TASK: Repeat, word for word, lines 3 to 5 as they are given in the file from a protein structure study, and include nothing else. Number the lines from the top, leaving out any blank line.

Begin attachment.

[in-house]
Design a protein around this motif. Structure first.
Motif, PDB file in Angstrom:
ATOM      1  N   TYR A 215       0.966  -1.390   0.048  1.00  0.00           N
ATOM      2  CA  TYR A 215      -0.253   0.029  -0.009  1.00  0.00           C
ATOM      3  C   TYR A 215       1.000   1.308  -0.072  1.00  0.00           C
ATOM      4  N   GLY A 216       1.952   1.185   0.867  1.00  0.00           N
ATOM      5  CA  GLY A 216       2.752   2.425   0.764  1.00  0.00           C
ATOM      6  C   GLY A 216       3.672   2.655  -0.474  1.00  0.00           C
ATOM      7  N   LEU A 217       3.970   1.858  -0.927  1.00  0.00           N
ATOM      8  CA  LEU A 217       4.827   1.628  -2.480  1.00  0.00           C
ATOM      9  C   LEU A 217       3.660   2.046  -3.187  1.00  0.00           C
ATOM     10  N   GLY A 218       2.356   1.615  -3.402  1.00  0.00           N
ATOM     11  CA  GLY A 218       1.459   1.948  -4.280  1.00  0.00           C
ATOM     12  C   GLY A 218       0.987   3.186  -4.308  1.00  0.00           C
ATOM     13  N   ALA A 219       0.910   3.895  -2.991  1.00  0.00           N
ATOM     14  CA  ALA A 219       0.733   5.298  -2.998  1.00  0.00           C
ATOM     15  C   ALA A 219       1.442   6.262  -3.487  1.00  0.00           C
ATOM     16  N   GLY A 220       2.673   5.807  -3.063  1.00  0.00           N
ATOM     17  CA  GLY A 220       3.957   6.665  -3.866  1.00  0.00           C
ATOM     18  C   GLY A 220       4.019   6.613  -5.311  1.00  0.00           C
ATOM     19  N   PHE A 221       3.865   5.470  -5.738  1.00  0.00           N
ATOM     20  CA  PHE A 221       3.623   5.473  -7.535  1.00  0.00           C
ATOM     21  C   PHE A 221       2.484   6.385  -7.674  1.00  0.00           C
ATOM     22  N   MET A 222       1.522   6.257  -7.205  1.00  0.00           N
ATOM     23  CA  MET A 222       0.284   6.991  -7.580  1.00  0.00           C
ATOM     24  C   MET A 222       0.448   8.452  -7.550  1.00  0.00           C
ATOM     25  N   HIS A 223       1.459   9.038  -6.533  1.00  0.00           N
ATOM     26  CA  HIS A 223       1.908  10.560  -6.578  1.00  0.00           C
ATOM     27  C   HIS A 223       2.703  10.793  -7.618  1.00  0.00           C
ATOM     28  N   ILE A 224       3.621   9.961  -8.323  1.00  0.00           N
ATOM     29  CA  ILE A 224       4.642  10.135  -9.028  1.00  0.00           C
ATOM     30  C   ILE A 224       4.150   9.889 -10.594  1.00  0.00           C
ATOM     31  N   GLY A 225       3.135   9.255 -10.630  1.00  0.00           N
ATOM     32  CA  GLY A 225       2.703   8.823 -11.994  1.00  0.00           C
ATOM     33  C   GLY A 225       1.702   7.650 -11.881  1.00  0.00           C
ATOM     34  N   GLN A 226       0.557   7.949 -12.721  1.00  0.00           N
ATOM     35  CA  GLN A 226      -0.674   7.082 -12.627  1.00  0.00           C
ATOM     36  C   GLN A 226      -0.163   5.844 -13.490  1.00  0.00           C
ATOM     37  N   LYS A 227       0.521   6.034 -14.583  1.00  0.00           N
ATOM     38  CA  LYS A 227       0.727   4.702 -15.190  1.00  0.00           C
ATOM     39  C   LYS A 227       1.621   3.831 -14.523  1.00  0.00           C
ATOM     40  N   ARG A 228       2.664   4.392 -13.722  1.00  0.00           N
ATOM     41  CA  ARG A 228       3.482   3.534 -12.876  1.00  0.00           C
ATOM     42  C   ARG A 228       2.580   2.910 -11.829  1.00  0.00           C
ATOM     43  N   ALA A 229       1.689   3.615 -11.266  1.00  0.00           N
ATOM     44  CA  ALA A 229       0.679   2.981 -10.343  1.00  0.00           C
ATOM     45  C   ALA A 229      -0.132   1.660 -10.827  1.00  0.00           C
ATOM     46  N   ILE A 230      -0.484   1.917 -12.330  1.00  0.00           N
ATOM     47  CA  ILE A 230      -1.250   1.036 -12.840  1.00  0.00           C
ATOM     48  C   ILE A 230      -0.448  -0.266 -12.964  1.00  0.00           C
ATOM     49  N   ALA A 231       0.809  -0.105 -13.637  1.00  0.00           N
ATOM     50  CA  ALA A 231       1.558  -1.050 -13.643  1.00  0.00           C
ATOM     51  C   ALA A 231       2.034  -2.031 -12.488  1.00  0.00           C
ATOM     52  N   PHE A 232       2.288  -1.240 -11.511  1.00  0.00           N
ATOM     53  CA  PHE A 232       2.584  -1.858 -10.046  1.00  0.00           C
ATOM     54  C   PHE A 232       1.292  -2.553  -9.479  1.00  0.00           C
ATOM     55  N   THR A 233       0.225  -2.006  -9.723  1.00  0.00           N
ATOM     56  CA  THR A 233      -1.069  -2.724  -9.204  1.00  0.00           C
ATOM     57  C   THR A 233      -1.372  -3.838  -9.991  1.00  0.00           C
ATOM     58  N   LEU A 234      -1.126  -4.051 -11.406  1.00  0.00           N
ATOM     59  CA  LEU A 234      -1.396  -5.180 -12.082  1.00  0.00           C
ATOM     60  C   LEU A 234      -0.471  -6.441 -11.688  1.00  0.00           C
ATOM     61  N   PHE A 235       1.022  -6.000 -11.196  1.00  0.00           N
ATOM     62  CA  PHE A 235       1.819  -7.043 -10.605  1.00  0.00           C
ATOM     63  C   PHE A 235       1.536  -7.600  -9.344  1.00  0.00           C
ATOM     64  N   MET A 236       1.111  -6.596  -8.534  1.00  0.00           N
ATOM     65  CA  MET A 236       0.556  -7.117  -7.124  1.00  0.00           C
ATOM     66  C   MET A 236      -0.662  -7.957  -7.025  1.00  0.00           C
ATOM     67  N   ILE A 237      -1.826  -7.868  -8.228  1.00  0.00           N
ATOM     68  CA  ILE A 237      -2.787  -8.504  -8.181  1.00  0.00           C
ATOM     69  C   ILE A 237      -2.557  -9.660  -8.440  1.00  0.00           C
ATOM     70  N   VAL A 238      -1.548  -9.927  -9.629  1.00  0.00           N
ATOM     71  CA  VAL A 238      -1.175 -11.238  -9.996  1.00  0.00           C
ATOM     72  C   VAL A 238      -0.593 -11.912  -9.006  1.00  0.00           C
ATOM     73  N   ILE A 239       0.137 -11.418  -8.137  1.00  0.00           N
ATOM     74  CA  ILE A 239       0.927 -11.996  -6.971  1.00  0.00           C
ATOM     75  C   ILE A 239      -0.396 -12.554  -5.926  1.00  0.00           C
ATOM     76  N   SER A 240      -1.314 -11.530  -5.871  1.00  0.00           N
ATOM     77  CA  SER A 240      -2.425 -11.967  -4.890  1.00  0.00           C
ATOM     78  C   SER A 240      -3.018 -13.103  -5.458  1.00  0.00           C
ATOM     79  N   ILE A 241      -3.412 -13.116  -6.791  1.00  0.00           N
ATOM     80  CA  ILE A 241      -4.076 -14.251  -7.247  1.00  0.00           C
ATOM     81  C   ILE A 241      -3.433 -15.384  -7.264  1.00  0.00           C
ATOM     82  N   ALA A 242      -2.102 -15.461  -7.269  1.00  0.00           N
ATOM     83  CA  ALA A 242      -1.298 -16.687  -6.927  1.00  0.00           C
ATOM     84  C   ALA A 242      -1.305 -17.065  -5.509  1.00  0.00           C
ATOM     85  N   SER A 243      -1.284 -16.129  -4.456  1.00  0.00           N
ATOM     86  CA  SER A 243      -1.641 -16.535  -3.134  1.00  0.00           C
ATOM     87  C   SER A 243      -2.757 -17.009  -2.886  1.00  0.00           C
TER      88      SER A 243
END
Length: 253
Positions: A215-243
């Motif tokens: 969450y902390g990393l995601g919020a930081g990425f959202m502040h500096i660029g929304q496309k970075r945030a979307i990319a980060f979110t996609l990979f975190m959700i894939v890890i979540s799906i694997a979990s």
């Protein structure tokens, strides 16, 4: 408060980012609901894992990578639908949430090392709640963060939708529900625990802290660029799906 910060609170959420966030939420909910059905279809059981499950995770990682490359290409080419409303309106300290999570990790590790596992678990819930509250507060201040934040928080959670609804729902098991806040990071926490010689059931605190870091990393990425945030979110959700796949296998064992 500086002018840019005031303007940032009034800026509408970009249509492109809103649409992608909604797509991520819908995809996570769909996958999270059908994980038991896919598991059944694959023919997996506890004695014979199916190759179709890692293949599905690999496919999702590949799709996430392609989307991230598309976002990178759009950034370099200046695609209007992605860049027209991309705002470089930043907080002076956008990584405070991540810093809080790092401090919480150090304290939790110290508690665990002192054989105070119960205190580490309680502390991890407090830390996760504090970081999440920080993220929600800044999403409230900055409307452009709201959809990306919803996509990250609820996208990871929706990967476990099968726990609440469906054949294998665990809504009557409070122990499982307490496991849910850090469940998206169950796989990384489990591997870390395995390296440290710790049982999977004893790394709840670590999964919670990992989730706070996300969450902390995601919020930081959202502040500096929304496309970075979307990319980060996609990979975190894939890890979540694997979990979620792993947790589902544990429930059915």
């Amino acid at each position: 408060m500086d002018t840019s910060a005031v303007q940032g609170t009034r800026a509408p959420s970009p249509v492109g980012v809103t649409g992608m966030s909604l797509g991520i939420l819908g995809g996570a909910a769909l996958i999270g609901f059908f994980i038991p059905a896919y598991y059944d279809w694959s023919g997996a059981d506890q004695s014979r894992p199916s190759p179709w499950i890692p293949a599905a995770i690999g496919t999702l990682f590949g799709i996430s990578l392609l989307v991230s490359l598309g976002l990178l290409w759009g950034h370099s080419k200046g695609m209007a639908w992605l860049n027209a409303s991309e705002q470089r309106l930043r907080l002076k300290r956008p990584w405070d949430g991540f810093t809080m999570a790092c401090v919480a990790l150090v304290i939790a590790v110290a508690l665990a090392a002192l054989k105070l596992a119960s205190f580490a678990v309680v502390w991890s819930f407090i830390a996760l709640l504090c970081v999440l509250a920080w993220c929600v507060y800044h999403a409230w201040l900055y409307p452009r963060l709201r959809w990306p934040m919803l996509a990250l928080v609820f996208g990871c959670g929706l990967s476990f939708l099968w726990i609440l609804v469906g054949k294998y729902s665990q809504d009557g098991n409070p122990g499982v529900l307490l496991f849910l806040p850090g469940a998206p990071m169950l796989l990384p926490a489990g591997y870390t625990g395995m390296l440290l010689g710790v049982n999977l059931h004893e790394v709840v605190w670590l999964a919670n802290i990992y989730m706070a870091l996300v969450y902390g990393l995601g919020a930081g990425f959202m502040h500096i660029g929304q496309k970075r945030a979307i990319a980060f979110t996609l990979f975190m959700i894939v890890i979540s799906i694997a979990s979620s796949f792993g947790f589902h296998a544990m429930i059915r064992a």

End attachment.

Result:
Motif, PDB file in Angstrom:
ATOM      1  N   TYR A 215       0.966  -1.390   0.048  1.00  0.00           N
ATOM      2  CA  TYR A 215      -0.253   0.029  -0.009  1.00  0.00           C